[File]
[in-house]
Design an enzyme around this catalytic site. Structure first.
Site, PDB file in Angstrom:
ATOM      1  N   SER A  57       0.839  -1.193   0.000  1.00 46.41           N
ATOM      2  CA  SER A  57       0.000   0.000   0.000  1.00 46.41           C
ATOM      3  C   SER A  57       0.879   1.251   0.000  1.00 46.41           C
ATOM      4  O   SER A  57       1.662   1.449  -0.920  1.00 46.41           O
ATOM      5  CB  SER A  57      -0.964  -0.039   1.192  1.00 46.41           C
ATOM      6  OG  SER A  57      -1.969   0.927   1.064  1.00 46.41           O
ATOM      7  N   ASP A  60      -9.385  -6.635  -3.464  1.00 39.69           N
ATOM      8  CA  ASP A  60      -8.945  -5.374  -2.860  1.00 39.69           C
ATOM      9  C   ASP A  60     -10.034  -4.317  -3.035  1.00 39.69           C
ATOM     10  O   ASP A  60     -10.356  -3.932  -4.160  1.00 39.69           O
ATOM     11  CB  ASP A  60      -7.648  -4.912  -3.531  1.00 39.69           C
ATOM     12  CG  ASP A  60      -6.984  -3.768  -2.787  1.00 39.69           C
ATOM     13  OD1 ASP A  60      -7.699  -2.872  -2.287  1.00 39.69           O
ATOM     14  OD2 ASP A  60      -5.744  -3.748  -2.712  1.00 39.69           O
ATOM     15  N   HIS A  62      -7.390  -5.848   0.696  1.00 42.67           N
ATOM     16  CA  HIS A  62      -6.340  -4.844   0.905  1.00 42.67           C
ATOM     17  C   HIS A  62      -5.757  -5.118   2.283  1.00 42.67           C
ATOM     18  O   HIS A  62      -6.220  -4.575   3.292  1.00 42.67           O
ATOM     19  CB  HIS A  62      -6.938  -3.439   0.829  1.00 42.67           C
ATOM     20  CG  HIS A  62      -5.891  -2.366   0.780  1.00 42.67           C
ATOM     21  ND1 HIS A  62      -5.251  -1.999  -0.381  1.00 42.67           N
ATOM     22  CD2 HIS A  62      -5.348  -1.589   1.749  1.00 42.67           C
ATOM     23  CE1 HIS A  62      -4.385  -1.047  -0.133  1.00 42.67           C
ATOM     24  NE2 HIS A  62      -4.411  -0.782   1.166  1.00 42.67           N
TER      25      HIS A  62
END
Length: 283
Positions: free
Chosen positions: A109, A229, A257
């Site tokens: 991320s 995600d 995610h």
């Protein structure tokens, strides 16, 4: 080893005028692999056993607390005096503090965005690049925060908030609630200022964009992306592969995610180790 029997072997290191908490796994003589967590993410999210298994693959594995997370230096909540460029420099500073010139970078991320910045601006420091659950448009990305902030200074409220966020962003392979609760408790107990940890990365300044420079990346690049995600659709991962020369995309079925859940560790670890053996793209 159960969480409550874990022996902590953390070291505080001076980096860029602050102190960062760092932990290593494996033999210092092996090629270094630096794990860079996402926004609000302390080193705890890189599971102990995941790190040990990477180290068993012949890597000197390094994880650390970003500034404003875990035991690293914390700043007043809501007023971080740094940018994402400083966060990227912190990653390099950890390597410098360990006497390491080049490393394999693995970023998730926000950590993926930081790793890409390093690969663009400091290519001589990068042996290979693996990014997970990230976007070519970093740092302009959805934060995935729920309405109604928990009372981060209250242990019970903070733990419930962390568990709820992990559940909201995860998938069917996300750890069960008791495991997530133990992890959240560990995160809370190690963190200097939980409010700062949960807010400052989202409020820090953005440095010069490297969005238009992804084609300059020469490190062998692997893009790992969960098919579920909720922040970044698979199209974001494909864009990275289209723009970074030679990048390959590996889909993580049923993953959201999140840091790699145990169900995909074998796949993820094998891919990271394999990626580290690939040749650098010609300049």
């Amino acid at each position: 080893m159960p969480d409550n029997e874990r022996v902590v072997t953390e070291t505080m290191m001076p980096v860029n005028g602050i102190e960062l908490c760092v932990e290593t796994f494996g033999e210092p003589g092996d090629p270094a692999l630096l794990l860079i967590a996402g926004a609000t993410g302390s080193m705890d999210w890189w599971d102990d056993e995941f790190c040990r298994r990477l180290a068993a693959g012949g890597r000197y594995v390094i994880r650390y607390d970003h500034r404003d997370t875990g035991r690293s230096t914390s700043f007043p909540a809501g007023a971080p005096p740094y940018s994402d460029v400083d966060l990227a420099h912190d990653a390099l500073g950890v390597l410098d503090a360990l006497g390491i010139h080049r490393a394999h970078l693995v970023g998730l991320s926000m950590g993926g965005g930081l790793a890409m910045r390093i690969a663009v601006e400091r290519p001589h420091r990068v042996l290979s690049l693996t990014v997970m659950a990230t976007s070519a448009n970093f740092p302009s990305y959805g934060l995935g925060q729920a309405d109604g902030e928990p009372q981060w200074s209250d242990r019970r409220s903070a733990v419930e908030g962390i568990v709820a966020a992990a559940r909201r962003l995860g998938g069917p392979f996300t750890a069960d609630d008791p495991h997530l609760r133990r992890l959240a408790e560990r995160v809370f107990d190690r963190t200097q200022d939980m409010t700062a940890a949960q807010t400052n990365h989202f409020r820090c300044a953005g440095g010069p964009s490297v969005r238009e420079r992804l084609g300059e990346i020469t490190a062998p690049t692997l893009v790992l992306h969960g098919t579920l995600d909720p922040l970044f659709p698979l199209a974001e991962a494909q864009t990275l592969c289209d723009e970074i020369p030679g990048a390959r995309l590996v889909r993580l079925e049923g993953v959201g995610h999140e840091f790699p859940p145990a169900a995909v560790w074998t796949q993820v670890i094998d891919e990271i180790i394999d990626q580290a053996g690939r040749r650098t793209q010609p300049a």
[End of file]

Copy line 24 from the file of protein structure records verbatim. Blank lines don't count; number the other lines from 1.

ATOM     21  ND1 HIS A  62      -5.251  -1.999  -0.381  1.00 42.67           N